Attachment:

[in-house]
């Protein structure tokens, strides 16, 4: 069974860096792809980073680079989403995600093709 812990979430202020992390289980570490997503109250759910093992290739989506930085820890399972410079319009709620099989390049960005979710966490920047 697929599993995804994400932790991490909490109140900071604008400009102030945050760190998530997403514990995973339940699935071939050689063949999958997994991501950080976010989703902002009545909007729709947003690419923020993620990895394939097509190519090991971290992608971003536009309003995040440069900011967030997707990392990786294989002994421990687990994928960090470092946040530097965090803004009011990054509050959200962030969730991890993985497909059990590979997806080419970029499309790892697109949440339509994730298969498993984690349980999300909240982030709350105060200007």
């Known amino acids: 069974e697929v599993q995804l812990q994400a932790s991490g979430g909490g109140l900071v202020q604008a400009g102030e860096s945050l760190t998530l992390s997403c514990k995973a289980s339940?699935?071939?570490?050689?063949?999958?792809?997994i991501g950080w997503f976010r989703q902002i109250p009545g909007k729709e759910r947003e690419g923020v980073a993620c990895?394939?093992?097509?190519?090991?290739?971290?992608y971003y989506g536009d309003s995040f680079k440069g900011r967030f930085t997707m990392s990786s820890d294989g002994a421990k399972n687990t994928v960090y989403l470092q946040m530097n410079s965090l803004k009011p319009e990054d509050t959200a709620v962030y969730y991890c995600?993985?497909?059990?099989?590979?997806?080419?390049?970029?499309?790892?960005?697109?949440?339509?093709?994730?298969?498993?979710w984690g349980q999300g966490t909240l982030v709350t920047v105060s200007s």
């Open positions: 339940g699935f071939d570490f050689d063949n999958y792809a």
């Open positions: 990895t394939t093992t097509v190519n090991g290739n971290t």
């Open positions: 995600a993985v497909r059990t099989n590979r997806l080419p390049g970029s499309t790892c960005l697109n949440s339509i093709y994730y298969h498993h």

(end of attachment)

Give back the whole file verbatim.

[in-house]
């Protein structure tokens, strides 16, 4: 069974860096792809980073680079989403995600093709 812990979430202020992390289980570490997503109250759910093992290739989506930085820890399972410079319009709620099989390049960005979710966490920047 697929599993995804994400932790991490909490109140900071604008400009102030945050760190998530997403514990995973339940699935071939050689063949999958997994991501950080976010989703902002009545909007729709947003690419923020993620990895394939097509190519090991971290992608971003536009309003995040440069900011967030997707990392990786294989002994421990687990994928960090470092946040530097965090803004009011990054509050959200962030969730991890993985497909059990590979997806080419970029499309790892697109949440339509994730298969498993984690349980999300909240982030709350105060200007």
């Known amino acids: 069974e697929v599993q995804l812990q994400a932790s991490g979430g909490g109140l900071v202020q604008a400009g102030e860096s945050l760190t998530l992390s997403c514990k995973a289980s339940?699935?071939?570490?050689?063949?999958?792809?997994i991501g950080w997503f976010r989703q902002i109250p009545g909007k729709e759910r947003e690419g923020v980073a993620c990895?394939?093992?097509?190519?090991?290739?971290?992608y971003y989506g536009d309003s995040f680079k440069g900011r967030f930085t997707m990392s990786s820890d294989g002994a421990k399972n687990t994928v960090y989403l470092q946040m530097n410079s965090l803004k009011p319009e990054d509050t959200a709620v962030y969730y991890c995600?993985?497909?059990?099989?590979?997806?080419?390049?970029?499309?790892?960005?697109?949440?339509?093709?994730?298969?498993?979710w984690g349980q999300g966490t909240l982030v709350t920047v105060s200007s």
């Open positions: 339940g699935f071939d570490f050689d063949n999958y792809a």
């Open positions: 990895t394939t093992t097509v190519n090991g290739n971290t």
């Open positions: 995600a993985v497909r059990t099989n590979r997806l080419p390049g970029s499309t790892c960005l697109n949440s339509i093709y994730y298969h498993h």